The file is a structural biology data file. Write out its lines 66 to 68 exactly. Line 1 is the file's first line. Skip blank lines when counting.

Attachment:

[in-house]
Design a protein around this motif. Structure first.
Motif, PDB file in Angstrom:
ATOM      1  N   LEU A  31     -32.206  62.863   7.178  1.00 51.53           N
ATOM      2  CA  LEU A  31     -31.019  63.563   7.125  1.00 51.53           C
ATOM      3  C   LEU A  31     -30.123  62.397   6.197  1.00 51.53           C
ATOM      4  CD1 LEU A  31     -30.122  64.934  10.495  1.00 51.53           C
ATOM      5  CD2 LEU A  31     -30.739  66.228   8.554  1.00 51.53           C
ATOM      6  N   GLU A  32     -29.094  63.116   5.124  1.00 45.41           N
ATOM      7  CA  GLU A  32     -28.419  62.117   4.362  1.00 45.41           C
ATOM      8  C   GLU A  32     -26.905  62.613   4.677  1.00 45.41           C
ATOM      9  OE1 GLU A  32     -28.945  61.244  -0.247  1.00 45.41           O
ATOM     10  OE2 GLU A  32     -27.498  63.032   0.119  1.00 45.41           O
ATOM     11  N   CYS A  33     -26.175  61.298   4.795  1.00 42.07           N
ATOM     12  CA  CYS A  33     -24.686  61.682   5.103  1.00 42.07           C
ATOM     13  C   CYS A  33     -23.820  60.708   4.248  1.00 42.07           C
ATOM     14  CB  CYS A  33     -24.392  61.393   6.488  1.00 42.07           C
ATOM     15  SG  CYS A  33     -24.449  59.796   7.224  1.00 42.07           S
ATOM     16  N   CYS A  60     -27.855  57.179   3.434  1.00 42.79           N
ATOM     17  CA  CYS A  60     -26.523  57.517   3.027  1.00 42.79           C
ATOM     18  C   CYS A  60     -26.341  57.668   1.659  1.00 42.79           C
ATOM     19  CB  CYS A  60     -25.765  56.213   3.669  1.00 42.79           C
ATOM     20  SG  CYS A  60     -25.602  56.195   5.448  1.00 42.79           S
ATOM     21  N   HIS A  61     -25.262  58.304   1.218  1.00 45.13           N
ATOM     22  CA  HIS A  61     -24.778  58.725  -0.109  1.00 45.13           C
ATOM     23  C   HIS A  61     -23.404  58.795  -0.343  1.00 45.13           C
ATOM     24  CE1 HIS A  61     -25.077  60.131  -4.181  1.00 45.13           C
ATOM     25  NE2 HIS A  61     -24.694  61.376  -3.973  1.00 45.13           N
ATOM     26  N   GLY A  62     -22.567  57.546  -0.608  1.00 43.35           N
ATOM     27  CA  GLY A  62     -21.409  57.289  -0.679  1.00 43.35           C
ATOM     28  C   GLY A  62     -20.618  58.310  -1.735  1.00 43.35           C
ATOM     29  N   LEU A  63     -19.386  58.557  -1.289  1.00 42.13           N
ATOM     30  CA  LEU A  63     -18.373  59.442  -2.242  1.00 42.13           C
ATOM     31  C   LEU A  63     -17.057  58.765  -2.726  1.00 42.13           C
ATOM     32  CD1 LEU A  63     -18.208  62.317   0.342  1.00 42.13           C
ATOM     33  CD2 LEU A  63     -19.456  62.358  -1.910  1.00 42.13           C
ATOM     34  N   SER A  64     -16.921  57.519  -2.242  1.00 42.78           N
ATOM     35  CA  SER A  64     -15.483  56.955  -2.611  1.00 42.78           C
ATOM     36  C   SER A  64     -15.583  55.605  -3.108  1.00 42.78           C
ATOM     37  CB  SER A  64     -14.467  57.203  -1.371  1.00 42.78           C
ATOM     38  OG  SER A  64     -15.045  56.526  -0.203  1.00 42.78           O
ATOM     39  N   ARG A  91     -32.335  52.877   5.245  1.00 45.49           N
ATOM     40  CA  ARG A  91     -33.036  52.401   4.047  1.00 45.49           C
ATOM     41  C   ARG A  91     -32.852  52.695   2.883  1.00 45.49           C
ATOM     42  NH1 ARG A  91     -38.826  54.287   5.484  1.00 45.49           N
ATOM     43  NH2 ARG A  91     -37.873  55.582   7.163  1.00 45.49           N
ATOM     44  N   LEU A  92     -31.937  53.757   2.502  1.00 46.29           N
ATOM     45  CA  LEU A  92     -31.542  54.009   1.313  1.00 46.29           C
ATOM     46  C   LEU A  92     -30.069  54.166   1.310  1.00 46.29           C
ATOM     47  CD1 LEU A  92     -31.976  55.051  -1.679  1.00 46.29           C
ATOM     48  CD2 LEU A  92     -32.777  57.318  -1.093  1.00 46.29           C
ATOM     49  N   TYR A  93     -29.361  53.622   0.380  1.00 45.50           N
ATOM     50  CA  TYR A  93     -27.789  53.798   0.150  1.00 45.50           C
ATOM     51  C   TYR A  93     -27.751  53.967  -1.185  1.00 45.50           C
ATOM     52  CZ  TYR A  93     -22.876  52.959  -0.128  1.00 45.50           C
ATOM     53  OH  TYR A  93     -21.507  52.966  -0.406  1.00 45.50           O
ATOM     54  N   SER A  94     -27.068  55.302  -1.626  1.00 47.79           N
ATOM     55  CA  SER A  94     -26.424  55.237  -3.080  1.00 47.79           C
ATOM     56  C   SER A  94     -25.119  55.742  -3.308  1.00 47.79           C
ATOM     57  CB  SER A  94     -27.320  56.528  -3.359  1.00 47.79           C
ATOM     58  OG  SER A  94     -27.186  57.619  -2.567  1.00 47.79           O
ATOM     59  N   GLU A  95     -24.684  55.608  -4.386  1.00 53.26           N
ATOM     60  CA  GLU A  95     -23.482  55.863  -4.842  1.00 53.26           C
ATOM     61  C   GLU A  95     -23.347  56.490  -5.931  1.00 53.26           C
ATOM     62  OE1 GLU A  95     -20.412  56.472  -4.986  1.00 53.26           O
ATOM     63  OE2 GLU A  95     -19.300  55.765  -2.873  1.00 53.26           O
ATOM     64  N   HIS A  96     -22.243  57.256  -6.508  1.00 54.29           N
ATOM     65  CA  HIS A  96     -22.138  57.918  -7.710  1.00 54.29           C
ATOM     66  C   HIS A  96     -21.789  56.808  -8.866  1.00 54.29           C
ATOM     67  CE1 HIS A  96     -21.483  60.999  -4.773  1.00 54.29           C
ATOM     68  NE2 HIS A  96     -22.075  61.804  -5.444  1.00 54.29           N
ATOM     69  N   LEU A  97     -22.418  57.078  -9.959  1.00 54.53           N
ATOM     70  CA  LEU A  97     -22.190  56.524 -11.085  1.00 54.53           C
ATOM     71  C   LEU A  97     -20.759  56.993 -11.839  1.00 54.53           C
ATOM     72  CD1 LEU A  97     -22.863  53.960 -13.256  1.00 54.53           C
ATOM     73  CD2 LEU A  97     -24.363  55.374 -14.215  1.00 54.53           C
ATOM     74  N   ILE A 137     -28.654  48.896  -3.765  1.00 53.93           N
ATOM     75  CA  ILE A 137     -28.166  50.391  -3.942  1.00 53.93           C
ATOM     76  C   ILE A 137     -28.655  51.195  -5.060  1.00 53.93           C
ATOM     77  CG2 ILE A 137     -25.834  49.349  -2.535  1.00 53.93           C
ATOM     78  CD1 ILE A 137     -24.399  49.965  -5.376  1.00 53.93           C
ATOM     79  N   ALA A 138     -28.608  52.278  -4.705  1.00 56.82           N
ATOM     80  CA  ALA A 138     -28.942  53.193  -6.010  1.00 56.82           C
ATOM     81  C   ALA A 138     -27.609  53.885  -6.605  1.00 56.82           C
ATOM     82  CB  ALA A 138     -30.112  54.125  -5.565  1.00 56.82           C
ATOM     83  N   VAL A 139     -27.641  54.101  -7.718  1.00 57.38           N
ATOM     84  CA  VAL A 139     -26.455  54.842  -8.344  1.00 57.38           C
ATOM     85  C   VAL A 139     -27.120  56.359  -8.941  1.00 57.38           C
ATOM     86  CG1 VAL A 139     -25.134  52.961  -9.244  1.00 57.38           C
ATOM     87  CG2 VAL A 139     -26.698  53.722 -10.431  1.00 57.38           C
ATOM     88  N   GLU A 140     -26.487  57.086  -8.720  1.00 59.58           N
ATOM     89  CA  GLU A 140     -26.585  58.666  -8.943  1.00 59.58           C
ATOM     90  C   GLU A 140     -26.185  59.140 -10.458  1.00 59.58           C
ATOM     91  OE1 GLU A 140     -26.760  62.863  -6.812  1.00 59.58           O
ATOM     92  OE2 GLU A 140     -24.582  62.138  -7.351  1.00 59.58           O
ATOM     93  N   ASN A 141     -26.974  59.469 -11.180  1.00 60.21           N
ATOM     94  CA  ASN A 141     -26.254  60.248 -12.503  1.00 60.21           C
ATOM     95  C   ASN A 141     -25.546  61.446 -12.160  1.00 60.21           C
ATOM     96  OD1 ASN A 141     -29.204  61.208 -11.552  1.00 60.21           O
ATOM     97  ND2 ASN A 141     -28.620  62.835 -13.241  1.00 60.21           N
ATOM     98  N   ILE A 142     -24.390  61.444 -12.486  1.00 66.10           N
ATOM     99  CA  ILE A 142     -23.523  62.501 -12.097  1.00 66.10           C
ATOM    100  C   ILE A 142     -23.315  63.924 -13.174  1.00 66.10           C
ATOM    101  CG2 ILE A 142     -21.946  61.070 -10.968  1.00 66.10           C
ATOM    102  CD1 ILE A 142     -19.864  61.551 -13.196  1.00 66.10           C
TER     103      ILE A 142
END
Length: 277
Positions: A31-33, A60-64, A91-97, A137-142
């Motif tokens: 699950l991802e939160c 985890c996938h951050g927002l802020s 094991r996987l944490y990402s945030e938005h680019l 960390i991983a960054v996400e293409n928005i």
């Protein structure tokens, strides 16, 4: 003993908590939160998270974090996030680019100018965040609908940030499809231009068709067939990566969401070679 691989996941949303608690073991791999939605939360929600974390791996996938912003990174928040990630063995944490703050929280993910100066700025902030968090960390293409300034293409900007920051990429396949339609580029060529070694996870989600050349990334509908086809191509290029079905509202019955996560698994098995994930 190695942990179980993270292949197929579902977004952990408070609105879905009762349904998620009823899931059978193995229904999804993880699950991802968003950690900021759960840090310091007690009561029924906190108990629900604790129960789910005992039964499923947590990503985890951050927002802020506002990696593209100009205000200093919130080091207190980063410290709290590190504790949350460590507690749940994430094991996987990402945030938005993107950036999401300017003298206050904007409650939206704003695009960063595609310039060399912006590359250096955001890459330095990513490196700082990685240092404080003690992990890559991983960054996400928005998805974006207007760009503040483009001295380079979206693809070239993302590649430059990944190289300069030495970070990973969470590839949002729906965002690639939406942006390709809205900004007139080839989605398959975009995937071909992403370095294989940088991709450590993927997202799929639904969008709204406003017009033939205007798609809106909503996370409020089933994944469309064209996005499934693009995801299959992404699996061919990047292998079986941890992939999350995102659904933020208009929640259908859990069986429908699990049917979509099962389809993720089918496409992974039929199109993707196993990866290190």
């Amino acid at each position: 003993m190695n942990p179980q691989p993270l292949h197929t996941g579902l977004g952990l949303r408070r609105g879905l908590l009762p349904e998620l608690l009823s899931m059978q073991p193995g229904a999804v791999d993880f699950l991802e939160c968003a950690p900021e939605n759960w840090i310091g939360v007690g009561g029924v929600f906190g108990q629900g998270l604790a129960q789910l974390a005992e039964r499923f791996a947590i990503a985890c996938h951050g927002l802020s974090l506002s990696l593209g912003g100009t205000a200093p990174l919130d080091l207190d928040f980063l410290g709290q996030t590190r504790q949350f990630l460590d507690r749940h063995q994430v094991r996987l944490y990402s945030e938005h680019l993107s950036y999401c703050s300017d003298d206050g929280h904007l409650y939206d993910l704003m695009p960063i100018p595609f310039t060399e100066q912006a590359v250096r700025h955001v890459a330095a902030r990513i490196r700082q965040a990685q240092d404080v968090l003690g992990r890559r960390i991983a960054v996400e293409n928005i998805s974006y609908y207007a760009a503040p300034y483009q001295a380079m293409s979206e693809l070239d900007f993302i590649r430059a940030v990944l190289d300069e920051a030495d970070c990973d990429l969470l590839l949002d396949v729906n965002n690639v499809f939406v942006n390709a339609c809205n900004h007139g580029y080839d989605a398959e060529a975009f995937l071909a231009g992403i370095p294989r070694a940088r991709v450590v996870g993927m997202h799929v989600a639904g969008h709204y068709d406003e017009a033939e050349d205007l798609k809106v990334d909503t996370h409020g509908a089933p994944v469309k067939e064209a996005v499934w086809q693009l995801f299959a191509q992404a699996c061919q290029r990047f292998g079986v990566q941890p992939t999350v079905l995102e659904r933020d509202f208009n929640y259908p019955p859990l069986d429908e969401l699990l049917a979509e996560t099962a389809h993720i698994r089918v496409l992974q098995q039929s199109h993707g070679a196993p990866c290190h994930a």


ATOM     63  OE2 GLU A  95     -19.300  55.765  -2.873  1.00 53.26           O
ATOM     64  N   HIS A  96     -22.243  57.256  -6.508  1.00 54.29           N
ATOM     65  CA  HIS A  96     -22.138  57.918  -7.710  1.00 54.29           C